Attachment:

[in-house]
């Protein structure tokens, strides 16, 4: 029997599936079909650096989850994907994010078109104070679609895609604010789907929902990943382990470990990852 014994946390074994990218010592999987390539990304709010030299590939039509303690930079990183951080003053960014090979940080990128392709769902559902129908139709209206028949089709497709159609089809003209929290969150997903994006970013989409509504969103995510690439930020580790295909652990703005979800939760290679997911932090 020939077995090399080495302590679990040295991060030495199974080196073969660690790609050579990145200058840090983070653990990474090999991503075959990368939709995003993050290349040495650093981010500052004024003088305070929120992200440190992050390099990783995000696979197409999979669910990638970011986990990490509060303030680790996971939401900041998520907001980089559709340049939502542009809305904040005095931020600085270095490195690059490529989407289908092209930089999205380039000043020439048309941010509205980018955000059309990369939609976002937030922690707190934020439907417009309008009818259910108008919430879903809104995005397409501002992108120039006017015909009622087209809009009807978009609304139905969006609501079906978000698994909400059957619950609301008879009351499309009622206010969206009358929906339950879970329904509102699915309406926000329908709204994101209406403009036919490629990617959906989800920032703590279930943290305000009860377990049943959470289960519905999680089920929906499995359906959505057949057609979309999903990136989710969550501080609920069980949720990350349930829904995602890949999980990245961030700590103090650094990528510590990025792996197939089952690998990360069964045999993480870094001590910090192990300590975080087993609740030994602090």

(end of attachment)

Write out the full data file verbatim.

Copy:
[in-house]
């Protein structure tokens, strides 16, 4: 029997599936079909650096989850994907994010078109104070679609895609604010789907929902990943382990470990990852 014994946390074994990218010592999987390539990304709010030299590939039509303690930079990183951080003053960014090979940080990128392709769902559902129908139709209206028949089709497709159609089809003209929290969150997903994006970013989409509504969103995510690439930020580790295909652990703005979800939760290679997911932090 020939077995090399080495302590679990040295991060030495199974080196073969660690790609050579990145200058840090983070653990990474090999991503075959990368939709995003993050290349040495650093981010500052004024003088305070929120992200440190992050390099990783995000696979197409999979669910990638970011986990990490509060303030680790996971939401900041998520907001980089559709340049939502542009809305904040005095931020600085270095490195690059490529989407289908092209930089999205380039000043020439048309941010509205980018955000059309990369939609976002937030922690707190934020439907417009309008009818259910108008919430879903809104995005397409501002992108120039006017015909009622087209809009009807978009609304139905969006609501079906978000698994909400059957619950609301008879009351499309009622206010969206009358929906339950879970329904509102699915309406926000329908709204994101209406403009036919490629990617959906989800920032703590279930943290305000009860377990049943959470289960519905999680089920929906499995359906959505057949057609979309999903990136989710969550501080609920069980949720990350349930829904995602890949999980990245961030700590103090650094990528510590990025792996197939089952690998990360069964045999993480870094001590910090192990300590975080087993609740030994602090």